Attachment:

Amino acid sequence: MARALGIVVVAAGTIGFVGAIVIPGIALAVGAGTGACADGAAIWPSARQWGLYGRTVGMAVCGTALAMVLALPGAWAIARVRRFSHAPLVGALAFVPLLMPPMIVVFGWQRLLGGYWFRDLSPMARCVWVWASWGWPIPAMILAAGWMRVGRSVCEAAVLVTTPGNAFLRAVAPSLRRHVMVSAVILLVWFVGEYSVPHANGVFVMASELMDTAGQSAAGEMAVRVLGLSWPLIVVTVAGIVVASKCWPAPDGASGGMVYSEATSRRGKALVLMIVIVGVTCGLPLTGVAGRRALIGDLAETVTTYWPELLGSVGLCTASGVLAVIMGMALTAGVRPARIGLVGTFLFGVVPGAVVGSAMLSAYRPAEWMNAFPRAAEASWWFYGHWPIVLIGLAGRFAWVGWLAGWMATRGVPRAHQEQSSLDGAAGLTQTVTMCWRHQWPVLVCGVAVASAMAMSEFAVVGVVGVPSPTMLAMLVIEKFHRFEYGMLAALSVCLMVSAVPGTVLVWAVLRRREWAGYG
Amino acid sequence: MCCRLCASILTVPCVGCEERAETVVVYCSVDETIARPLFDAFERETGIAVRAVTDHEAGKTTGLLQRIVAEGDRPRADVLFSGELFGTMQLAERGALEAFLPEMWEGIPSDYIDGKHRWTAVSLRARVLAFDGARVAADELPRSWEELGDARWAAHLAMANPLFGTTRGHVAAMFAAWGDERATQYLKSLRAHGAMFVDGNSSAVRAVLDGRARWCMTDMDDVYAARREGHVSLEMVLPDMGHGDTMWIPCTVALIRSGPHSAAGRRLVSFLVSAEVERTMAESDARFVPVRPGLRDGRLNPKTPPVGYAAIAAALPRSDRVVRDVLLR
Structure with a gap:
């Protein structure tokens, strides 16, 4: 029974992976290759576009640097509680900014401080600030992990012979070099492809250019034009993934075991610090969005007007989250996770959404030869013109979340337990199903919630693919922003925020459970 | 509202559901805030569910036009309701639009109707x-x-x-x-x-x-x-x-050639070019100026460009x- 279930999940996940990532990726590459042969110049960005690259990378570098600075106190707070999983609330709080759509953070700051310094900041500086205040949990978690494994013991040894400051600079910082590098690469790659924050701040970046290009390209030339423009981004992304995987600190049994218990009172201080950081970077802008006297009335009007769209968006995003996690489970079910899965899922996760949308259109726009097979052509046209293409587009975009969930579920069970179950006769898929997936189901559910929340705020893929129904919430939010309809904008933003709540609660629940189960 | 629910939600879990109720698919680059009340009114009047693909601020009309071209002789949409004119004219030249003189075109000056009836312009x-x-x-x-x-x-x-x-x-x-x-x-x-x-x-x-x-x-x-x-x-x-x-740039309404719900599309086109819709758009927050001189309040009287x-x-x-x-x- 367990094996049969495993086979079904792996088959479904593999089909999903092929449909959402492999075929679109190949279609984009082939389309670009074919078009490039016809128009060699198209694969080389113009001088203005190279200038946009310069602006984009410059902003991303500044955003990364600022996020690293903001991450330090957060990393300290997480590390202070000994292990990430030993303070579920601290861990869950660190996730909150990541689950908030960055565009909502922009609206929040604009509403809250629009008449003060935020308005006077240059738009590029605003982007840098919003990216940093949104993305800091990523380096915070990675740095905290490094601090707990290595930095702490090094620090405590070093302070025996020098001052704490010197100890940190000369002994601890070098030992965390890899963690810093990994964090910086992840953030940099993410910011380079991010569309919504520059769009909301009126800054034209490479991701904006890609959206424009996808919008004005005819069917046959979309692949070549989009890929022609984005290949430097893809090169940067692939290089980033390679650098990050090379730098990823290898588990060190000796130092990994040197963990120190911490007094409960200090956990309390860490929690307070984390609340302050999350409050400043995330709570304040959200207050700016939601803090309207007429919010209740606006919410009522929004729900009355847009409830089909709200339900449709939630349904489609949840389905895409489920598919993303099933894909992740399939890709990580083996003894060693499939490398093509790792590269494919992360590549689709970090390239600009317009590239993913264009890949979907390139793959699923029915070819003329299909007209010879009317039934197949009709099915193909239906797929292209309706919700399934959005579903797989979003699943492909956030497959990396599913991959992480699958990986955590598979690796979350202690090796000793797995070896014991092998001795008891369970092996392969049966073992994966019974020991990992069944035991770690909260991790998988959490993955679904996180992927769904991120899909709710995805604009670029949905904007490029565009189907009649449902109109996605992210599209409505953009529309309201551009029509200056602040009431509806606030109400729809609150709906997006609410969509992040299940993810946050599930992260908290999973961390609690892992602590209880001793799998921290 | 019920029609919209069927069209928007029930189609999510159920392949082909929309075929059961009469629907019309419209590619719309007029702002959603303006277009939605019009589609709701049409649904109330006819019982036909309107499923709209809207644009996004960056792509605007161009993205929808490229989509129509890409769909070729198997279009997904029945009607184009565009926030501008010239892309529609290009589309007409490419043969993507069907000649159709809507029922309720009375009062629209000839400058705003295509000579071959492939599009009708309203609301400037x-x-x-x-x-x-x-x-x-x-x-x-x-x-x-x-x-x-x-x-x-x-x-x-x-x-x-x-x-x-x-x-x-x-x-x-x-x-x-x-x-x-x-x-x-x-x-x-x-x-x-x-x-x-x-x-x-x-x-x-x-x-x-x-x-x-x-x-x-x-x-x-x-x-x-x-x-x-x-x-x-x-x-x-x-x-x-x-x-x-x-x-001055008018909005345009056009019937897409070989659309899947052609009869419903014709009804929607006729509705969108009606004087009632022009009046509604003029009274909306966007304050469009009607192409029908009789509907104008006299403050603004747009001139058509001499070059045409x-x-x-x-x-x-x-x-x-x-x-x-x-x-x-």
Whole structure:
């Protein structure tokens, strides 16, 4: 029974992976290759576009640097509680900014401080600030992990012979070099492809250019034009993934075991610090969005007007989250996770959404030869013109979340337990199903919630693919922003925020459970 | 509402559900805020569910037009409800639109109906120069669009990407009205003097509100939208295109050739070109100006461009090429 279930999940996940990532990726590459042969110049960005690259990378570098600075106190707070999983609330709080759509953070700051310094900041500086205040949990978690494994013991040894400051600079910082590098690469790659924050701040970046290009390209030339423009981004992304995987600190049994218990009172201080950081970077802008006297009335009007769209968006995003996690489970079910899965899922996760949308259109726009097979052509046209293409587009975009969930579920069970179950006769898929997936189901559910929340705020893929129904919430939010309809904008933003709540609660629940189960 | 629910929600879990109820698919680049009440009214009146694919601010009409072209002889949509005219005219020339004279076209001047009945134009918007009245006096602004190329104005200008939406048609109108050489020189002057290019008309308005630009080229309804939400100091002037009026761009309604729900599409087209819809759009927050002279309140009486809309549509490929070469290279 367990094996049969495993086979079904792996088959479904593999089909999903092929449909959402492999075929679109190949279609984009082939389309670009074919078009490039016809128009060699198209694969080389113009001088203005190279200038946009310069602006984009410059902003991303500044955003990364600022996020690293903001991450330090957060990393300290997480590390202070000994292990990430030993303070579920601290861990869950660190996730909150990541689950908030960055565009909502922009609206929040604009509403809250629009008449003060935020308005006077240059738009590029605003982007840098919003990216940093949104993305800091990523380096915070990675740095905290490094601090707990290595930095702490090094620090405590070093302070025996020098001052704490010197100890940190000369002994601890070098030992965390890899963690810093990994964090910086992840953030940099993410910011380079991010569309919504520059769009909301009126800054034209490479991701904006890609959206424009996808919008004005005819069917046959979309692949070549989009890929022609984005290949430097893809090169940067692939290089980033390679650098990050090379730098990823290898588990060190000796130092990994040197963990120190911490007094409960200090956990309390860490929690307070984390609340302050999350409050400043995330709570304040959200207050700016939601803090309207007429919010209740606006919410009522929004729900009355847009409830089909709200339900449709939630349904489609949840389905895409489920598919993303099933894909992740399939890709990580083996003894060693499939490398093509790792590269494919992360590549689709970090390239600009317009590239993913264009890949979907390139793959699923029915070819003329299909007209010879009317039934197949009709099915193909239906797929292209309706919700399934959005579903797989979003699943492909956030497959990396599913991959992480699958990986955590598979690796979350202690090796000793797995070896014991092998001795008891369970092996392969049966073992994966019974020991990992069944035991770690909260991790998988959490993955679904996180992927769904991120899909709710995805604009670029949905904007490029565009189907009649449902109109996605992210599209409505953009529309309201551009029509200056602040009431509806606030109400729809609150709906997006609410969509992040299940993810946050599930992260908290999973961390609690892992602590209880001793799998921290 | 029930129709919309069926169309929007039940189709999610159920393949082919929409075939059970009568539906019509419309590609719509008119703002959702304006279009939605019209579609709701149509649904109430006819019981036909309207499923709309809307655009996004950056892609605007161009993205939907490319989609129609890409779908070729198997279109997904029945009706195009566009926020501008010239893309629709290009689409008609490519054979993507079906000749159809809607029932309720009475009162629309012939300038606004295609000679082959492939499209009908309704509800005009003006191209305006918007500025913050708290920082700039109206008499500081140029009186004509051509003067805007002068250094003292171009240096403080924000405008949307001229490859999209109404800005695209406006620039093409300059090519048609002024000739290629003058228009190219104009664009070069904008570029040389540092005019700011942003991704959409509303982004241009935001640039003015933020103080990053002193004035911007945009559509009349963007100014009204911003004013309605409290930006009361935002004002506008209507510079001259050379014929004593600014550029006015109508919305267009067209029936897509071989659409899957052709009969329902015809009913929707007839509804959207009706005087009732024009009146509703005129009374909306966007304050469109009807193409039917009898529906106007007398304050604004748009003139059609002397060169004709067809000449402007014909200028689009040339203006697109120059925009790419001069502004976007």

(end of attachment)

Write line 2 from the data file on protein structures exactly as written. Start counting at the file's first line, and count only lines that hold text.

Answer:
Amino acid sequence: MCCRLCASILTVPCVGCEERAETVVVYCSVDETIARPLFDAFERETGIAVRAVTDHEAGKTTGLLQRIVAEGDRPRADVLFSGELFGTMQLAERGALEAFLPEMWEGIPSDYIDGKHRWTAVSLRARVLAFDGARVAADELPRSWEELGDARWAAHLAMANPLFGTTRGHVAAMFAAWGDERATQYLKSLRAHGAMFVDGNSSAVRAVLDGRARWCMTDMDDVYAARREGHVSLEMVLPDMGHGDTMWIPCTVALIRSGPHSAAGRRLVSFLVSAEVERTMAESDARFVPVRPGLRDGRLNPKTPPVGYAAIAAALPRSDRVVRDVLLR